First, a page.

The Canadian Food Inspection Agency is taking steps to keep clones out of Canada’s food and feed system following reports that cloned cows and embyros may have made their way into the country from Britain.
A CFIA spokesperson said in an e-mail that the agency is looking into the situation.
“CFIA officials are in contact with their counterparts in the United Kingdom and will receive pertinent information once the investigation there is complete,” said Christine Russell.
Under Canadian law, products from animal clones are considered novel food or feed and are not allowed to enter the Canadian food or feed supply.
The controversy has its origins in a news story that was carried inThe New York TimesJuly 29 discussing the issue of cloned livestock in Europe.
Proposed legislation in Europe would ban all meat and dairy products deriving from cloned animals and their offspring.
The article anonymously quoted a U.K. dairy farmer saying he had sold embryos from a cow bred from a clone to cattle breeders in Canada.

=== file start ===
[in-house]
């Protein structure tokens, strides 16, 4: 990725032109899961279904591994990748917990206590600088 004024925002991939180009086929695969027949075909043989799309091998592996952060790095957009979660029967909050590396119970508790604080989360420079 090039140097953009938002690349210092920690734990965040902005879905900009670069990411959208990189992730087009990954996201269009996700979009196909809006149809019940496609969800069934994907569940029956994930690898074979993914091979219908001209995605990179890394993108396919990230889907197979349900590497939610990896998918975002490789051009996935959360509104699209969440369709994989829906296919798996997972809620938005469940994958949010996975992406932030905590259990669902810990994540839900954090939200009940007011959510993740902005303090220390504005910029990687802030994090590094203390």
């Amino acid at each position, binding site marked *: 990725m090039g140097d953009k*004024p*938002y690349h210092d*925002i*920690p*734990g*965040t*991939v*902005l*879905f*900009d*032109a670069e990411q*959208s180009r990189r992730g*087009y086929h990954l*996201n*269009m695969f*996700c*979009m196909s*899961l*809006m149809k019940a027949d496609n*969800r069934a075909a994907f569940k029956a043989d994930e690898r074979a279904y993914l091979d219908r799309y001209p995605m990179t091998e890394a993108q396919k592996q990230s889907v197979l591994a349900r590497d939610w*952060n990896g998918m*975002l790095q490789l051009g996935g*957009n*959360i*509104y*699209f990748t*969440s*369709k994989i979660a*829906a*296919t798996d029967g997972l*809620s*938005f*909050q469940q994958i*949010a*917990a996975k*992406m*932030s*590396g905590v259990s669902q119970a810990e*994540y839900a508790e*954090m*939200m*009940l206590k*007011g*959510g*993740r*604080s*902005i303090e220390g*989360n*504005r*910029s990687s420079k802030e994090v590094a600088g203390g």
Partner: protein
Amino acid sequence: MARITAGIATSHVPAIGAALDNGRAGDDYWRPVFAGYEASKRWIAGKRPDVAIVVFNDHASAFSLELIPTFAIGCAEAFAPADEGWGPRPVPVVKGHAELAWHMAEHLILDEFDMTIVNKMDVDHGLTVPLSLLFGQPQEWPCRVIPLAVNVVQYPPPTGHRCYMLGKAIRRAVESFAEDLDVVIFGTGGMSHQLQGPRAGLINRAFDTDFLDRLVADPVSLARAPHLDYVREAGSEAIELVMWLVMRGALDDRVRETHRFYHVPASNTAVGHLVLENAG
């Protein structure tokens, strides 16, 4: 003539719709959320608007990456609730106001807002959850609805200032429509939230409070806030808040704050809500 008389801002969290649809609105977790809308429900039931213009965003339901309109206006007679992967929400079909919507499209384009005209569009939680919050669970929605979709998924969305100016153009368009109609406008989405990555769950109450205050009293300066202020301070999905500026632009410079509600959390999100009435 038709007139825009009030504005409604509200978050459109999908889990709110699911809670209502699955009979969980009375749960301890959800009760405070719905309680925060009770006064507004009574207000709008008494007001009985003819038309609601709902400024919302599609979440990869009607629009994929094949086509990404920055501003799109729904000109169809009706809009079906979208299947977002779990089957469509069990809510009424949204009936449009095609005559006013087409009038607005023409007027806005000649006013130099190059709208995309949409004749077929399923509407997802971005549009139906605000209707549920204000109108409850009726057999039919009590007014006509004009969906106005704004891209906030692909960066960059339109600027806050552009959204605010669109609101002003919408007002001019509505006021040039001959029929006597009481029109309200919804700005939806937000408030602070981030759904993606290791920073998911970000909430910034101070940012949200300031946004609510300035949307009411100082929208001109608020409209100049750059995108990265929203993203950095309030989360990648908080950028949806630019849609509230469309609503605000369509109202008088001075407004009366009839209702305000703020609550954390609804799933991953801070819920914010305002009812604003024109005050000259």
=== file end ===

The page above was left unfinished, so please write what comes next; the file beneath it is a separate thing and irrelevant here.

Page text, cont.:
The British Food Standards Agency said it is attempting to locate the cow in question. It said it also discovered two bulls born in the U.K. to females impregnated by cloned sperm from a U.S. source.
The issue arose again when U.S. agriculture secretary Tom Vilsack was in Ottawa last week for talks with federal agriculture minister Gerry Ritz.
Vilsack said he didn’t know if cloned animals or their offspring had entered the North American food supply, and added they wouldn’t be worried if it did happen.
“All of the research on this suggests it is safe,” he told reporters, referring to work done by the U.S. Food and Drug Administration.
Nevertheless he said the U.S. will maintain a moratorium against selling meat from cloned animals.
A spokesperson for Canadian agriculture Gerry Ritz was quoted as saying no products derived from cloned animals have been approved for sale in Canada. Canada does not have an official position on the safety of eating cloned animals or byproducts.